An Air Mobility Revolution Takes Off:
The Japan-U.K.-U.S. Team Making Flying Taxis a Reality

Designing a Future Where Flying Taxis Are a Common Mode of Transportation

Photo of a Vertical Aerospace aircraft

You mostly work from home, surrounded by mountains. When you need to go to the office in Tokyo, you take a fast and comfortable “flying taxi.” A dream lifestyle like this one may become a reality in the not-so-distant future.

Aiming to achieve commercial operations that would enable this reality, various companies in the world are ramping up the development of flying taxis, a brand-new concept aircraft called “electric Vertical Take-Off and Landing” (eVTOL), which has been hailed as a mobility revolution that only occurs once in 100 years. The new aircraft can take off and land vertically without needing a runway. Powered by electricity charged in a battery, it can fly without emitting any greenhouse gasses, and its noise level is very low. Because the aircraft is made up of few parts, maintenance costs will also be kept low. Once they become prevalent, the fares per kilometer of flying taxis are expected to be nearly equal to those of conventional taxis on the ground. It is also hoped that the aircraft can help solve some social problems by reducing traffic congestion in urban areas while creating new means of transportation in rural, underpopulated areas.

In 2021, Marubeni’s efforts to create this brand-new industry, air mobility—convenient and affordable air transportation—began in earnest. By signing a partnership agreement with Vertical Aerospace Group Ltd. of the United Kingdom, Marubeni has acquired the rights to pre-order 200 eVTOL aircraft that the company has been developing. It is expected that the five-seater (including the cockpit) aircraft, VX4, will be certified by the European Union Avian Safety Agency (EASA) by 2026 and then start operating commercially in the U.K. and other parts of Europe, followed by Japan and other parts of Asia. Beyond that, Vertical Aerospace is aiming to make a shift to a self-flying mode in the future.

Set out on a journey in a flying taxi!

The main pillar of Marubeni’s air mobility business will be to bring in the VX4 to Japan and provide flight-operation services; the company sees great potential for flying taxis, particularly in tourism. “There are alluring tourist destinations across Japan, many of which are not easily accessible,” says Atsushi Takao, a member of Aviation Section III, part of Marubeni’s Aviation, Space & Defense Department. “In many cases, you have no choice but to drive a long distance, going around a peninsula, for example.”

Teaming up with three other companies, Marubeni conducted trial package tours from December 2022 to January 2023, simulating eVTOL flights to a tourist destination that currently requires a long road trip. This was one of the Proof-of-Concept (PoC) projects sponsored by the Osaka prefectural government that aims to kickstart point to point transport using flying taxis at EXPO 2025 Osaka, Kansai. The purpose of the trial tours, which transported the participants by helicopter between Osaka and a resort hotel situated in the southeast of the Kii Peninsula, was to measure the societal acceptance of air mobility as well as gather participants’ feedback on the price and the experience. The roundtrip fare, JPY 40,000 (about USD 300), was set to reflect a projected passenger price in the future when flying taxis are running frequently. To go to the hotel, it usually takes about four hours by car as opposed to 50 minutes by helicopter. The VX4, which boasts a 325 km/h top speed, can save even more time. Overall, the trial tours were a success, with participant feedback including such comments as, “I was amazed at the tremendous amount of time that was saved by taking the flying taxi,” and, “This was absolutely worth the round-trip fare of 40,000 yen.”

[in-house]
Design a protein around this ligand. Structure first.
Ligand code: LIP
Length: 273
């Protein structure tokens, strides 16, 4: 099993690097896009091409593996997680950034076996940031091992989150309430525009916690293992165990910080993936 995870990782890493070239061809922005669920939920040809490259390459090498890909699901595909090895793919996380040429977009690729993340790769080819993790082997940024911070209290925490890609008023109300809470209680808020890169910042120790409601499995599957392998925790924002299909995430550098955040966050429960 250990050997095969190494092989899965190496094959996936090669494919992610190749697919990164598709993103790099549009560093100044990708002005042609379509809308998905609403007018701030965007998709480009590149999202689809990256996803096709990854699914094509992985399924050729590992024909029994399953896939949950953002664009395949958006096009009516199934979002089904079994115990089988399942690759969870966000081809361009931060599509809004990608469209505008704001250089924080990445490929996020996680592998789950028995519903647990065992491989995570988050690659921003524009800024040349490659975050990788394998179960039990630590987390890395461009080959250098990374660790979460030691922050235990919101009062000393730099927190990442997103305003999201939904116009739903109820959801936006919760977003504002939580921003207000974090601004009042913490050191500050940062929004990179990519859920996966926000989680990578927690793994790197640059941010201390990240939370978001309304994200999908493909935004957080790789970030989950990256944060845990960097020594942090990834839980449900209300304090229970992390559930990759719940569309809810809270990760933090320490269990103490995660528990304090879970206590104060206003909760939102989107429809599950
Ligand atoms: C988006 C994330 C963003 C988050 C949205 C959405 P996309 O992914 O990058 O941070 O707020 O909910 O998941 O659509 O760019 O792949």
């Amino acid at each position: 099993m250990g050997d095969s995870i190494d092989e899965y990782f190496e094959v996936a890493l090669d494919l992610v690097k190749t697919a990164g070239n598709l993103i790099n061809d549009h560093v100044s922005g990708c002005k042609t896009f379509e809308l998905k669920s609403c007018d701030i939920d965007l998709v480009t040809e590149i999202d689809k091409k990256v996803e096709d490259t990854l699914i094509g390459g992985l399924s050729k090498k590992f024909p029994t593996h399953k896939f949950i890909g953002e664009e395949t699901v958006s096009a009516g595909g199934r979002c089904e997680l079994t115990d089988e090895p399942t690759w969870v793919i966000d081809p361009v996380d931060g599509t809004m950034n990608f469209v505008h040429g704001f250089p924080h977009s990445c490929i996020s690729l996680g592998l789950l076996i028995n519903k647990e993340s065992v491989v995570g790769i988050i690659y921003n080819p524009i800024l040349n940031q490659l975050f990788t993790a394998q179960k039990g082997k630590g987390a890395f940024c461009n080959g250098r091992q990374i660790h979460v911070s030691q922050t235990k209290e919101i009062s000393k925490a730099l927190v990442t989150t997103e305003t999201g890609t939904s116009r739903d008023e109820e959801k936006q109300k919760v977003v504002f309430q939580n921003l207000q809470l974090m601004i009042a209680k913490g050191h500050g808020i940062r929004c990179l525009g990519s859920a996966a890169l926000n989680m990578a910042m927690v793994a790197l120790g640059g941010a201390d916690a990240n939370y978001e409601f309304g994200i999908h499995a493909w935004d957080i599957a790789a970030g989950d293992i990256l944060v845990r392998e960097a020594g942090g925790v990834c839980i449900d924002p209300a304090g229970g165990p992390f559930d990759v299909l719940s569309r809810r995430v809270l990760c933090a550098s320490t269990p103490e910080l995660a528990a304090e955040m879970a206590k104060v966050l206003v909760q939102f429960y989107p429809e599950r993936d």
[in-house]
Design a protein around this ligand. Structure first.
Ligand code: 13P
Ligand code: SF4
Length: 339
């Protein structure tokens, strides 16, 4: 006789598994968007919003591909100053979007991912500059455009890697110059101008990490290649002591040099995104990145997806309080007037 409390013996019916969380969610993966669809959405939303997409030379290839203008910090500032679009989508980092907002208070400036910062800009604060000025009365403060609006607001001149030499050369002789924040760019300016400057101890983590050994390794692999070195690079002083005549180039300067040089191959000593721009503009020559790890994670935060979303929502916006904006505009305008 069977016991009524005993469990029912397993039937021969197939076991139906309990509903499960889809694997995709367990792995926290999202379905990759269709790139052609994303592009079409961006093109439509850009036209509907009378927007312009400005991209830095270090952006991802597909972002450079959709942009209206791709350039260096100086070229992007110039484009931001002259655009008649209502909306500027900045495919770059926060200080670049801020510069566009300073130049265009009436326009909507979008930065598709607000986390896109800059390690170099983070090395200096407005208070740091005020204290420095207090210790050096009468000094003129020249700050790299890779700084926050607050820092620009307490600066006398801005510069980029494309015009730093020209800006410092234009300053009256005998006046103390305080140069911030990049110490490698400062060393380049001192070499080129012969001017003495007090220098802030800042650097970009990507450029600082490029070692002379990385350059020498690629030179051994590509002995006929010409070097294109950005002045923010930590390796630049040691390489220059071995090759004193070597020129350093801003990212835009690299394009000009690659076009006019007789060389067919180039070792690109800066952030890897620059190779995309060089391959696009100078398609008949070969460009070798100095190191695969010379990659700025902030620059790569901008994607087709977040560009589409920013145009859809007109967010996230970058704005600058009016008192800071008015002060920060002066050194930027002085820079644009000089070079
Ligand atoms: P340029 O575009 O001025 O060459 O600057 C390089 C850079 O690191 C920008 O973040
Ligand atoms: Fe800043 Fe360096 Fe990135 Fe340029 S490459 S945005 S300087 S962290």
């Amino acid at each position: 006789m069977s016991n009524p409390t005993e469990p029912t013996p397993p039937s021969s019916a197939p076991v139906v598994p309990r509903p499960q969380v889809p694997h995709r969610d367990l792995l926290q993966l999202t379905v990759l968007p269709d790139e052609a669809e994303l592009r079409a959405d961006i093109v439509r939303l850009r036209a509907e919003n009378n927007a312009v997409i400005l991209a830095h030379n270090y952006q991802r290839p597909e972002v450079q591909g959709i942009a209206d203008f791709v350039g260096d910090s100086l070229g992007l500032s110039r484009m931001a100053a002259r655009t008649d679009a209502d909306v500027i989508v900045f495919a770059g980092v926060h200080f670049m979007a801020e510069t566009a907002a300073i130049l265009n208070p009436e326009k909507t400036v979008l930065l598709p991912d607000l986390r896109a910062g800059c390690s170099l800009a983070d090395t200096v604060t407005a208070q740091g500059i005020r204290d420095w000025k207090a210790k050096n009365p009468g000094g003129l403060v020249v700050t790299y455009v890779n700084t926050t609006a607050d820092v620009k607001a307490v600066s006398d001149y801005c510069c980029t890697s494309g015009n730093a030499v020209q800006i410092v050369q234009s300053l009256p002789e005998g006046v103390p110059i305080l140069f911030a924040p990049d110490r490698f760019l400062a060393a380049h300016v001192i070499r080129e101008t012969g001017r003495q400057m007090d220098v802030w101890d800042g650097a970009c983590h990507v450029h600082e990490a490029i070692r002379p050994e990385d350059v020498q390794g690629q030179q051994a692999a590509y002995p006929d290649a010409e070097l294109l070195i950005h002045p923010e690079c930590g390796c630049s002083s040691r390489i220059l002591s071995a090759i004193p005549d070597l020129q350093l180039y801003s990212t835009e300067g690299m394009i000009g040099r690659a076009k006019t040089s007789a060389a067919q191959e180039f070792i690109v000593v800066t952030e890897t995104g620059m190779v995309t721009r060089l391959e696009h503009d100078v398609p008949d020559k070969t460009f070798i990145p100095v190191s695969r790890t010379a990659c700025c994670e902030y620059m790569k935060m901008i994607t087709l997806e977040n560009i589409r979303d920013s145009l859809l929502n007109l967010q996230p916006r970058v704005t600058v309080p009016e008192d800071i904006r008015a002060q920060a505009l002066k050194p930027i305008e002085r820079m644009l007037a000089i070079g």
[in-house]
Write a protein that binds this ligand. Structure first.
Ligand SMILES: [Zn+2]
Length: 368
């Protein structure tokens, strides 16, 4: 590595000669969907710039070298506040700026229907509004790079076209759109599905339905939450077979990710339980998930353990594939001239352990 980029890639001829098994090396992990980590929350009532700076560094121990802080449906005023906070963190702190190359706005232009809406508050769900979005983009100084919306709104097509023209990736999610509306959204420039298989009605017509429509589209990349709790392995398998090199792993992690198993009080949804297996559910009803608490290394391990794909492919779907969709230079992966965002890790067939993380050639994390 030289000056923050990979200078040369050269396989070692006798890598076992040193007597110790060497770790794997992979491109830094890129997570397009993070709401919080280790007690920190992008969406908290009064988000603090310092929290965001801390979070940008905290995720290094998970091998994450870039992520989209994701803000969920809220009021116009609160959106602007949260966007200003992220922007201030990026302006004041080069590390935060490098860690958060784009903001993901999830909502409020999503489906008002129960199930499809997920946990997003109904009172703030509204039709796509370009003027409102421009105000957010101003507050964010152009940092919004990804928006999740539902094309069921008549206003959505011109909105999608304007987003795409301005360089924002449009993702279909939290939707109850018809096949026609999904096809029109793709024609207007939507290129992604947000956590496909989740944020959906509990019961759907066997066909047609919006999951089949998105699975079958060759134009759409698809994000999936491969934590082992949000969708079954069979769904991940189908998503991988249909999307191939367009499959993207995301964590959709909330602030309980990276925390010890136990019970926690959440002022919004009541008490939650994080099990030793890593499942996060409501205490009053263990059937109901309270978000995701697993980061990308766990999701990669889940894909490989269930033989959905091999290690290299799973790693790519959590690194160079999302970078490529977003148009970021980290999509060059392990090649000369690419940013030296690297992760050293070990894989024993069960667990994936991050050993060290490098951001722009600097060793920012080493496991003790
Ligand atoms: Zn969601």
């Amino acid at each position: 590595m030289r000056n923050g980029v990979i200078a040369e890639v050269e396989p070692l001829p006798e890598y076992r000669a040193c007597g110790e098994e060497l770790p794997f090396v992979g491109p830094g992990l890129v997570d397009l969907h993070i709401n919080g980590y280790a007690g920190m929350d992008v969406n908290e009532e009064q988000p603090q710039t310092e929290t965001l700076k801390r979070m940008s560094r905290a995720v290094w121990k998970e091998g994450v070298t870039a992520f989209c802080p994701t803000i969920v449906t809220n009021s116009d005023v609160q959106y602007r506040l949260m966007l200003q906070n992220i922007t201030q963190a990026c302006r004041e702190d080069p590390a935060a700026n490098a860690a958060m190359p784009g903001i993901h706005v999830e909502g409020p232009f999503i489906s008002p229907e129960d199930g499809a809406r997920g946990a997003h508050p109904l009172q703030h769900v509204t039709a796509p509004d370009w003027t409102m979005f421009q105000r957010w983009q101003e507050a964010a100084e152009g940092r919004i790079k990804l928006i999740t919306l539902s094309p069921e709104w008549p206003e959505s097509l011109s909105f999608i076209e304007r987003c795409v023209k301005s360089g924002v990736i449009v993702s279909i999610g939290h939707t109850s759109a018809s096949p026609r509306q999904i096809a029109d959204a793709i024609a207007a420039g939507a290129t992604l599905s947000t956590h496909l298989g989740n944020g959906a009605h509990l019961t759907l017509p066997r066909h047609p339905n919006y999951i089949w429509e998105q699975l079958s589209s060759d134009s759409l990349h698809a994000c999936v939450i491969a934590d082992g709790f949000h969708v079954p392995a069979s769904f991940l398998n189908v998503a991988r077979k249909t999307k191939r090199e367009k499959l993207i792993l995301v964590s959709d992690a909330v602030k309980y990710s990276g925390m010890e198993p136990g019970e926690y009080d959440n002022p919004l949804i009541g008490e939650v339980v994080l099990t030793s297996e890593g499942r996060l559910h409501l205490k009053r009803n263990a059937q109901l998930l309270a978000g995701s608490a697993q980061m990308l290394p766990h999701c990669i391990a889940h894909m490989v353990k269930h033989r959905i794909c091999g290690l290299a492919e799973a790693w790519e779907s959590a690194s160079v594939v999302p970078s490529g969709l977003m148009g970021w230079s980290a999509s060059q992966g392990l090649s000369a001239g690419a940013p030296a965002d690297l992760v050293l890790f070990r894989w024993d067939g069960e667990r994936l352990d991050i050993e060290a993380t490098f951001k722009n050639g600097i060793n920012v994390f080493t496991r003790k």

Leading the “Team Effort”

In March 2023, eVTOL flight demonstration using HEXA, a one-seater aircraft developed by Lift Aircraft Inc., United States was conducted in Osaka. In addition to assessing the environmental impact (such as noise levels), the demonstration was aimed primarily at helping raise public acceptance and awareness of the flying taxi. The experiment was positively received, with participants showing interest in using the aircraft to attract tourists.

“We want to make the flying taxi an affordable means of transportation which people can actually use, rather than a rare, relatively inaccessible form of transportation like a helicopter,” Takao says. To make that happen, establishing ground infrastructure, including vertiports that are easy to get to, charging stations, and garages for aircraft, as well as training pilots and mechanics, are key developments. There are many other issues to explore; identifying potential yet undiscovered demand is one of them. “Marubeni cannot do any of these things alone,” says Yuichi Yoshikawa, who leads Marubeni’s team at Aviation Section III of the Aviation, Space & Defense Department. In an effort to build the foundation for the new industry, Marubeni has been actively reaching out to various companies and municipalities, bringing people together to create a collective force. Yoshikawa anticipates that progress will be accelerated going forward because some concrete ideas, such as where to set up vertiports, are now being born. “In our capacity as a general trading company, we are tasked with leading the ‘team effort’ effectively. We want to help shape this challenging work—creating a new form of mobility.”